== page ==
The 2022 Nobel Prize in Economics was awarded to former Federal Reserve Chair Ben Bernanke—along with Douglas Diamond, an economist at the University of Chicago, and Philip H. Dybvig, an economist at Washington University. The Wall Street Journal reported: “Their work helped governments and central bankers navigate the global financial crisis and avoid an economic depression of the kind seen during the 1930s.” Specifically, the award to Bernanke “cited a 1983 publication establishing bank failures as key to the transformation of an economic recession into the most severe depression of the 20th century.”
The work of the trio, which followed up and expanded on insights gleaned from Anna Schwartz and Milton Freidman’s “Monetary History of the United States,” is partly why we argued in last week’s column that, despite public opinion to the contrary, it is unlikely we are heading into a 1930s-like depression. We are convinced policymakers can avoid the mistakes of the Great Depression. It’s nice to have a recent opinion affirmed by the Nobel Committee.
We’d also note that Bernanke, like all good scholars, tempers his scholarship with humility and humor. We and several Ball State students saw this on display a decade ago when then-Federal Reserve Chairman Bernanke addressed the Indianapolis Economics Club on Oct. 1, 2012.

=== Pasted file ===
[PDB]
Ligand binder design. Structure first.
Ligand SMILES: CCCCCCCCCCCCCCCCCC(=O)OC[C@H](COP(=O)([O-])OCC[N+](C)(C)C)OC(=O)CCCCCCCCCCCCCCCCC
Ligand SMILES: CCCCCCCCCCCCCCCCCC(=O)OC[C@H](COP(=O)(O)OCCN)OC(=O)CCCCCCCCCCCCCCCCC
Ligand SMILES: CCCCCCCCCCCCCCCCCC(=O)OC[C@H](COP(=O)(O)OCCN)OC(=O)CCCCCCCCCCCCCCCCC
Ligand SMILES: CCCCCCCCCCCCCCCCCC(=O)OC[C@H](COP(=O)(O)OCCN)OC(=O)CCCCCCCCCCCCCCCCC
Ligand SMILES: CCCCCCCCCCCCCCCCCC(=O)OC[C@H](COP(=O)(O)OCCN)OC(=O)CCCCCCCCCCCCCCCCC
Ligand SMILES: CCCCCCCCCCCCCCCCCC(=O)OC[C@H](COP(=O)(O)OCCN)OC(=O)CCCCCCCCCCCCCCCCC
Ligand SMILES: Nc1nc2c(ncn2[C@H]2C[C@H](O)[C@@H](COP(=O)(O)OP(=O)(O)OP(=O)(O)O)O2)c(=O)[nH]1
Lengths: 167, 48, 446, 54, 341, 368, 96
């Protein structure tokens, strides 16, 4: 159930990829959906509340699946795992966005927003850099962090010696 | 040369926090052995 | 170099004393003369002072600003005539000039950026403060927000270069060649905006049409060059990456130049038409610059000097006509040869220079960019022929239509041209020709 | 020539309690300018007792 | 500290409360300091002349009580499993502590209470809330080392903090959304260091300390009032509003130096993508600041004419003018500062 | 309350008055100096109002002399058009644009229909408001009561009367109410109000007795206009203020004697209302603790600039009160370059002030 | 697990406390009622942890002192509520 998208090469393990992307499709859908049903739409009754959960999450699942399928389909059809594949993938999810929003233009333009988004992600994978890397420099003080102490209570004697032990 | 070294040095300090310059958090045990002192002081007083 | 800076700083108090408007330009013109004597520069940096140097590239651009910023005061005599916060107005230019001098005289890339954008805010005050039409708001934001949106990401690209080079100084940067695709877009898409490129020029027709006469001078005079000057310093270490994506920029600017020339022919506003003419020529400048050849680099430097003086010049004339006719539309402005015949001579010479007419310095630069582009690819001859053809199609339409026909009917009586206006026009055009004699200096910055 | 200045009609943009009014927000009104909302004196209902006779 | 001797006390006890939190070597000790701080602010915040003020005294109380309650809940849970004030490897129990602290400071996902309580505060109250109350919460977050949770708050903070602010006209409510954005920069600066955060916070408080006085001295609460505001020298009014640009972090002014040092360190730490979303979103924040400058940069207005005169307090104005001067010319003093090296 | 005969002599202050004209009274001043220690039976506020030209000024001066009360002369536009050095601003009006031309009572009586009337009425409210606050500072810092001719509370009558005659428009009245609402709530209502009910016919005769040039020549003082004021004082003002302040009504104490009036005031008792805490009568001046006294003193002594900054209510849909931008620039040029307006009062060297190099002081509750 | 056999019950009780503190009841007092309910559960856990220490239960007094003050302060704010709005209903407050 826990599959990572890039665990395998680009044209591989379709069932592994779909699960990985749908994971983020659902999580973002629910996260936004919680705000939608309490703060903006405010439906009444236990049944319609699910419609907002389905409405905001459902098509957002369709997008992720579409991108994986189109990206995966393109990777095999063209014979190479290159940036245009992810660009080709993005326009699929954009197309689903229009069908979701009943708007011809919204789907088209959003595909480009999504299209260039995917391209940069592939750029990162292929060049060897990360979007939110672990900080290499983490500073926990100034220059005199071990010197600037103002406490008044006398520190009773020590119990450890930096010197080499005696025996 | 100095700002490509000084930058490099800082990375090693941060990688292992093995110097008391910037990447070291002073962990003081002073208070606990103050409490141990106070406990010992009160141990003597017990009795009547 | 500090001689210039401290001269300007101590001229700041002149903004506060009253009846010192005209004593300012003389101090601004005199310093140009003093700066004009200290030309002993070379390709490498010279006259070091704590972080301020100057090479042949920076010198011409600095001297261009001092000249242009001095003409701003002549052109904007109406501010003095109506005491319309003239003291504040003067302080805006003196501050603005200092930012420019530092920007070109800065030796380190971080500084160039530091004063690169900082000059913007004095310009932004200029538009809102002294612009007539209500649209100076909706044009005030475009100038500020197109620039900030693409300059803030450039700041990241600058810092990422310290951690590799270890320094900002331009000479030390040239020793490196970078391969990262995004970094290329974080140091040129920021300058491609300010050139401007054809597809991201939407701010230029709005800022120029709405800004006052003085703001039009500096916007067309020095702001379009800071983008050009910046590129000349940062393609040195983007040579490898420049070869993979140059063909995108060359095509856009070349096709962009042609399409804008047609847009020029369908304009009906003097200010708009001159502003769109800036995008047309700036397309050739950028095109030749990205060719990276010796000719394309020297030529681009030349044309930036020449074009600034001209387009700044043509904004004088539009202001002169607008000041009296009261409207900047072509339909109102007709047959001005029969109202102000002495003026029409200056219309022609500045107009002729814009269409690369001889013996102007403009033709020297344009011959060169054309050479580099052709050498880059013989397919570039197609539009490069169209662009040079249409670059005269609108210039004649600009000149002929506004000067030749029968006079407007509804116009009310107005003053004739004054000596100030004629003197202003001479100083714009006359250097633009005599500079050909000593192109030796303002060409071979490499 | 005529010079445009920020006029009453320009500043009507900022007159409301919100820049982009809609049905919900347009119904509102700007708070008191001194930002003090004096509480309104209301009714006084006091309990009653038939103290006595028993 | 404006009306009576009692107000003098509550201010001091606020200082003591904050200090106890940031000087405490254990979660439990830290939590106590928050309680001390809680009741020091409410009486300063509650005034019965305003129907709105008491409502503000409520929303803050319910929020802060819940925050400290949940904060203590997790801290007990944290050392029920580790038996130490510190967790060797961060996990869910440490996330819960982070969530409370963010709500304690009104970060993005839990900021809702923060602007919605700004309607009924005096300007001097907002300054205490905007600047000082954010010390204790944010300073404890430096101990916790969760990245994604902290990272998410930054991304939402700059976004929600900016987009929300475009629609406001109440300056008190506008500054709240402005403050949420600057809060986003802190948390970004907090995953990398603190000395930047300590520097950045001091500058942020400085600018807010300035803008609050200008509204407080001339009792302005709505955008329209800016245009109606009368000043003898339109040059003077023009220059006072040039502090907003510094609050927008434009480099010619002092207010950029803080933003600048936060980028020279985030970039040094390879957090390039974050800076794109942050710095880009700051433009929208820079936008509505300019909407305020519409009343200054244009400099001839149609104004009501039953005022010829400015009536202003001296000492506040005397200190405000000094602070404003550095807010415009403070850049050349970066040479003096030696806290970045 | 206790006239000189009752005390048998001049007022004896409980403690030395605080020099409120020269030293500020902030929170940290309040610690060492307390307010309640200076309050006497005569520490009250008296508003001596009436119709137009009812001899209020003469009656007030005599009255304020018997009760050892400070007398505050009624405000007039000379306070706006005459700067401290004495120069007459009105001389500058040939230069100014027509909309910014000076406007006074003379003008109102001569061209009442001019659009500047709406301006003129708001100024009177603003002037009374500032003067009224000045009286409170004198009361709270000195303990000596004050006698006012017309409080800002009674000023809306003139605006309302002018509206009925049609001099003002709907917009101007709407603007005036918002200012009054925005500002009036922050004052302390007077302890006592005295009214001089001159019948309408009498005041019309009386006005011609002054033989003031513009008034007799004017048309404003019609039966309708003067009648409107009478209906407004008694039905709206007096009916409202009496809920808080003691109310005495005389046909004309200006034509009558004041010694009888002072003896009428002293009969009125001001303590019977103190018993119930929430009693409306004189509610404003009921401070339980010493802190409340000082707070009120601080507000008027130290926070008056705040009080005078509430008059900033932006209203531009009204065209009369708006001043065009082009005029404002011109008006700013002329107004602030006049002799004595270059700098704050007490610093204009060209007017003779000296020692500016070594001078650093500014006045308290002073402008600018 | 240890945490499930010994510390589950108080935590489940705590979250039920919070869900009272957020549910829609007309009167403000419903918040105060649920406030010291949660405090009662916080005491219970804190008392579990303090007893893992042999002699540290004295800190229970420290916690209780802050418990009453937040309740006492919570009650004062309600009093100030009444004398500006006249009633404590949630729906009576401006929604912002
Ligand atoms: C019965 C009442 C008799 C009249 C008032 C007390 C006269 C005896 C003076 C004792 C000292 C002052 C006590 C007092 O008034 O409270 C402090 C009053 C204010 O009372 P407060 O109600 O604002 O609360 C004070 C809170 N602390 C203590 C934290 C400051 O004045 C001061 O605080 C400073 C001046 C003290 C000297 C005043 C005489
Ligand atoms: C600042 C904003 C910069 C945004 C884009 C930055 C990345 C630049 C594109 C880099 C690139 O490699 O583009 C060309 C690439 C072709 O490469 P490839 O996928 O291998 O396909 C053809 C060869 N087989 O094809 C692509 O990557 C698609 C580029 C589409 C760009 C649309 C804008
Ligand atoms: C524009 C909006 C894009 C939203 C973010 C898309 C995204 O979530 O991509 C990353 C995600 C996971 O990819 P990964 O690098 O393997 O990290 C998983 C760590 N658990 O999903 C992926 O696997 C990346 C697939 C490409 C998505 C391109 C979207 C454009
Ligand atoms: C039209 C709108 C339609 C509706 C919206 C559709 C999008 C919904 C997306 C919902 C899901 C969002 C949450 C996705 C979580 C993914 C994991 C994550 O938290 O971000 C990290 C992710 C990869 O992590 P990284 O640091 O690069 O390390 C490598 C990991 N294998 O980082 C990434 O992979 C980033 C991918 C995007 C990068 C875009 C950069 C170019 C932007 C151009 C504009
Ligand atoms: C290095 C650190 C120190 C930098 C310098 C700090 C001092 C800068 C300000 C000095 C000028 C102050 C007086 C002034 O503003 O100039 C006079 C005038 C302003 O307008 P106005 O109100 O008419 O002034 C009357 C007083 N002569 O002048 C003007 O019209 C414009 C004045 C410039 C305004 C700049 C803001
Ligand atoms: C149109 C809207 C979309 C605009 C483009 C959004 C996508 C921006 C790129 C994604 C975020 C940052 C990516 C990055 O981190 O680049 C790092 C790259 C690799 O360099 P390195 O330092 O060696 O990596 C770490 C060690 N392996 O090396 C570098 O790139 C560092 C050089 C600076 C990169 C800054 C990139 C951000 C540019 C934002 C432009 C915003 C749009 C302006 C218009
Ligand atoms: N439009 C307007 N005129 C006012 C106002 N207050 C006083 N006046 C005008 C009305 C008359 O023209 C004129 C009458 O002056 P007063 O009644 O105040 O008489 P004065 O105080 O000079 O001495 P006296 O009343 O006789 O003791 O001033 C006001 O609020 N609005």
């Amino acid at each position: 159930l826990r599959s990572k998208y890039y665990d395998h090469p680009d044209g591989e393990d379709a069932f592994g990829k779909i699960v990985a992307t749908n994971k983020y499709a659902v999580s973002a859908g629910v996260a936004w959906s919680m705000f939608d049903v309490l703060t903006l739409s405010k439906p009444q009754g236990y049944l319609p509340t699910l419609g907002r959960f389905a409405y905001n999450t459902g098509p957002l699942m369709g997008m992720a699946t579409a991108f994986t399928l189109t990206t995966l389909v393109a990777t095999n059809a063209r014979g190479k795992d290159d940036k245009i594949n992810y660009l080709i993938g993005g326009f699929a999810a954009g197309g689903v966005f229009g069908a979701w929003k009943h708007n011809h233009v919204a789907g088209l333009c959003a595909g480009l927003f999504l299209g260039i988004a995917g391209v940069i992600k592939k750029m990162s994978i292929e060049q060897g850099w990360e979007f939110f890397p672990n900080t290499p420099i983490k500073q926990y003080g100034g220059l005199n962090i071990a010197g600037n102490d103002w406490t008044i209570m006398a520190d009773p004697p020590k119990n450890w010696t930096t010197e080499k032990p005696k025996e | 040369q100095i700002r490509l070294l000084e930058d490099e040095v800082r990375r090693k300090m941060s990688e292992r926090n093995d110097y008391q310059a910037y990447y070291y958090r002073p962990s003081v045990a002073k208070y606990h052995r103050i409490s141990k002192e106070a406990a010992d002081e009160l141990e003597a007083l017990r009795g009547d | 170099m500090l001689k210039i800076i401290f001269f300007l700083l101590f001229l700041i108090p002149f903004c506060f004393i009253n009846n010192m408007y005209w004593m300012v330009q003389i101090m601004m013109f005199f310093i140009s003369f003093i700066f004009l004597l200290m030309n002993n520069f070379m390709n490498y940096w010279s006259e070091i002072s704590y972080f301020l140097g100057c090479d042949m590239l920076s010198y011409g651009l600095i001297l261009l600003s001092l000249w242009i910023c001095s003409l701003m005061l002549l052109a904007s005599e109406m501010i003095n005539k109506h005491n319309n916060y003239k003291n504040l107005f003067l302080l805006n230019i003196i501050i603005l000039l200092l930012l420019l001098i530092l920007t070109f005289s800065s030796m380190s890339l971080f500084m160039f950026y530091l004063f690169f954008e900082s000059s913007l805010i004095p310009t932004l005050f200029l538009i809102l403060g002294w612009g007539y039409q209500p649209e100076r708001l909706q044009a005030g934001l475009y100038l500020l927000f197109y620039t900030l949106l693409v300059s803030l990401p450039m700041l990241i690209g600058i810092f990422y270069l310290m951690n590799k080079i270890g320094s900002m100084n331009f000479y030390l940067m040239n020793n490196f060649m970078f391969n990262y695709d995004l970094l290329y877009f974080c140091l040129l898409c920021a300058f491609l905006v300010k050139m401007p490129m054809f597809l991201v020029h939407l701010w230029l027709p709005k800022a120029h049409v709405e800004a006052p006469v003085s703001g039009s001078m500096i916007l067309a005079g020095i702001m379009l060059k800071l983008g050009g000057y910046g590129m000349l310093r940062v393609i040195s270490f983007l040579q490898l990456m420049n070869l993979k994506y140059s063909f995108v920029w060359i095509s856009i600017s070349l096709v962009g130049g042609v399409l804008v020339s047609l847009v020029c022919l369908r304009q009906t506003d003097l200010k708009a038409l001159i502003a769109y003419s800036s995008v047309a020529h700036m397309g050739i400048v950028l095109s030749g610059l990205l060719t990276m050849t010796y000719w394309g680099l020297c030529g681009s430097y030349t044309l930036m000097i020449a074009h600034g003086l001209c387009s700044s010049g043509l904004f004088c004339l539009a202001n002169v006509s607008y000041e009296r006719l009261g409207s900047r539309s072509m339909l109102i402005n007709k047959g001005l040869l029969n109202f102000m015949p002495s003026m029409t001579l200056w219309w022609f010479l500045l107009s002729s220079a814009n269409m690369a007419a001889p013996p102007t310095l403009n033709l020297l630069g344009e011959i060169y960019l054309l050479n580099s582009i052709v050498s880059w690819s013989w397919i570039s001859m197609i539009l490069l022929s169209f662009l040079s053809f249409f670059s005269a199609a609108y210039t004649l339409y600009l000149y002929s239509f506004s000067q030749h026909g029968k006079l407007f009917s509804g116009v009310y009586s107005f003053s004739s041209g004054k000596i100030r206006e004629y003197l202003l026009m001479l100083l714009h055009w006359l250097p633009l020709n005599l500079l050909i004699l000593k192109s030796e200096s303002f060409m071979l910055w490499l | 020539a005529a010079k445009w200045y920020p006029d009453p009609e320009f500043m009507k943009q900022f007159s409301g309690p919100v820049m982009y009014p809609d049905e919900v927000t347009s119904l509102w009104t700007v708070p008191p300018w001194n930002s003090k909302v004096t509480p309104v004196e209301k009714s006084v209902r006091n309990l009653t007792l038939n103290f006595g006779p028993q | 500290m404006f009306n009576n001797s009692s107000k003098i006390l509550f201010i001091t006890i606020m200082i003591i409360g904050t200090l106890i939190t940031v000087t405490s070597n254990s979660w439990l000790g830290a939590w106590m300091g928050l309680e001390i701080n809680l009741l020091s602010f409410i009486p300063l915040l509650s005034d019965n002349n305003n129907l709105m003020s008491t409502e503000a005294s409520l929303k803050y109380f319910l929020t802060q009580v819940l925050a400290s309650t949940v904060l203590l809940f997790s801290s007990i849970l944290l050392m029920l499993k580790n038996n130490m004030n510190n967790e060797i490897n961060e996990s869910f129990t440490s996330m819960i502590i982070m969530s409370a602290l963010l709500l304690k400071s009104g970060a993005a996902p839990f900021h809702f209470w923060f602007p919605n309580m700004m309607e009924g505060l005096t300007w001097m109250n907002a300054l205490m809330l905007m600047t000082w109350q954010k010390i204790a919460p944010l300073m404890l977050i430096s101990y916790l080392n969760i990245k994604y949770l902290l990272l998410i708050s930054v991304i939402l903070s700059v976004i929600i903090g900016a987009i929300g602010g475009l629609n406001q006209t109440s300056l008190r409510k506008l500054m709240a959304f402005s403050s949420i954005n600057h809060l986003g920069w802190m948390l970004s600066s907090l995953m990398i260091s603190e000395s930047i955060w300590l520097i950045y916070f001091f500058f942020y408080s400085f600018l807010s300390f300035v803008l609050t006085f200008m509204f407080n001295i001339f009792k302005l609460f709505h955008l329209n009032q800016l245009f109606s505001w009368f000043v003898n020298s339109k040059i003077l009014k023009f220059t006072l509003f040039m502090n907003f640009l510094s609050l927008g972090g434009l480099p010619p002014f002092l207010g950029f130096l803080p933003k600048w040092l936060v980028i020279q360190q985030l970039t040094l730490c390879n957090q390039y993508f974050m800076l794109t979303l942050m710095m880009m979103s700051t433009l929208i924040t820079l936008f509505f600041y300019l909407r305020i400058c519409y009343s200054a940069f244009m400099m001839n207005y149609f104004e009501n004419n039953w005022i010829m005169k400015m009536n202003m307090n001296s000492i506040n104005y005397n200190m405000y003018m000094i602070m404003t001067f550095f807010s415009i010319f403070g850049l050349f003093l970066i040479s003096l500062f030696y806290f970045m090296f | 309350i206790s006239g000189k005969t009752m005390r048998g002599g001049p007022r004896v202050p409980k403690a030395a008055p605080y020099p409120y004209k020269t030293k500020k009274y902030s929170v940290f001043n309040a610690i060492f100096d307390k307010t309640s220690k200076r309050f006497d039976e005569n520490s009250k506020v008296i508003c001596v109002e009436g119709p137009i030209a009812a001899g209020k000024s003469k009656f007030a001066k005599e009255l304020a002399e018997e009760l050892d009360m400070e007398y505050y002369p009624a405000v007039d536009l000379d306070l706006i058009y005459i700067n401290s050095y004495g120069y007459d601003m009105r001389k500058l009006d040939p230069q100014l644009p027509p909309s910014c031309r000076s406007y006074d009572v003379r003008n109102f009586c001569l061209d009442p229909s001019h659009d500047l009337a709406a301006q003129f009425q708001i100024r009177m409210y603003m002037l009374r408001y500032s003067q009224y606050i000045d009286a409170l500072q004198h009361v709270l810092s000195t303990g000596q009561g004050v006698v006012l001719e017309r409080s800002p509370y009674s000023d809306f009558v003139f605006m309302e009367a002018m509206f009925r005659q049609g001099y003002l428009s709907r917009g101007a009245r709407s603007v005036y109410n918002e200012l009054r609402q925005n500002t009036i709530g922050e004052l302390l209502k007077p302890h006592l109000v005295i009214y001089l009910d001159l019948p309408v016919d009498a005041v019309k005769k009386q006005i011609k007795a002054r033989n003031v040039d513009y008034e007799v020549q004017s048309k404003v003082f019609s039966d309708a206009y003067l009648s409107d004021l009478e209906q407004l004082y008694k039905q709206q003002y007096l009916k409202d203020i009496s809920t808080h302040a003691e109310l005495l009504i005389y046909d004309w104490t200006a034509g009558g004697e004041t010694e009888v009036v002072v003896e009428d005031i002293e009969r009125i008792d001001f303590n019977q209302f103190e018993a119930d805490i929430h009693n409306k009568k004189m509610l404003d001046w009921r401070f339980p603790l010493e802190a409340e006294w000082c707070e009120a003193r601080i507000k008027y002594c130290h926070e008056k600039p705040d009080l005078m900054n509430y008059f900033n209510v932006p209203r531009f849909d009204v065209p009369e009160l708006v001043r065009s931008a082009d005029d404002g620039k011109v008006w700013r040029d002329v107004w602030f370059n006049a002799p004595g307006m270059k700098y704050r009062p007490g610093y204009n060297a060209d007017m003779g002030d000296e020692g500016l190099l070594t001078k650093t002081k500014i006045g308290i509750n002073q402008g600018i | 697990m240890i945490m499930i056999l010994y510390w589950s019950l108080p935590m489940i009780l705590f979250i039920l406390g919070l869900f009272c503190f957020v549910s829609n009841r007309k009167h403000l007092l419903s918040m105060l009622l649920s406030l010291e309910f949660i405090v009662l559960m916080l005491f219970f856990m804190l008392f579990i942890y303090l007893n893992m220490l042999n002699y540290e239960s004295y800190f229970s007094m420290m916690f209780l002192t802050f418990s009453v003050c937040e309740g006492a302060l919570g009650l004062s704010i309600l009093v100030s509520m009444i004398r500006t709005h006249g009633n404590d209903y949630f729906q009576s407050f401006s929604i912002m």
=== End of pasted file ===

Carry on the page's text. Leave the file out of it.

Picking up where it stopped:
Ten years ago, the economy was in a very different place. The stagnant and high unemployment rate was the issue, not inflation. Bernanke indicated that inflation was not a problem at the time. Inflation had been stable at a 2% annual rate for “several decades.” He expressed confidence that the Federal Reserve had the “necessary tools” to forestall and tame inflation if necessary. He also said that, while it was always difficult to know “exactly” when to “take away the punch bowl” of easy credit, he assured the audience that the Fed was up to the task. Unfortunately, the current Fed has not done very well on that margin in the past year as inflation has soared to 40-year highs.
When asked if the economy was then in recession, he indicated that the actual designation of a recession happened after the fact by a committee over a “nice meal at a French restaurant.” He readily admitted the fallibility of economic predictions, including his own. The decade-old lecture is available on WFYI’s website. We recommend it to all who want to know more about monetary policy and why Bernanke deserved the prize.•
Bohanon and Horowitz are professors of economics at Ball State University. Send comments to firstname.lastname@example.org.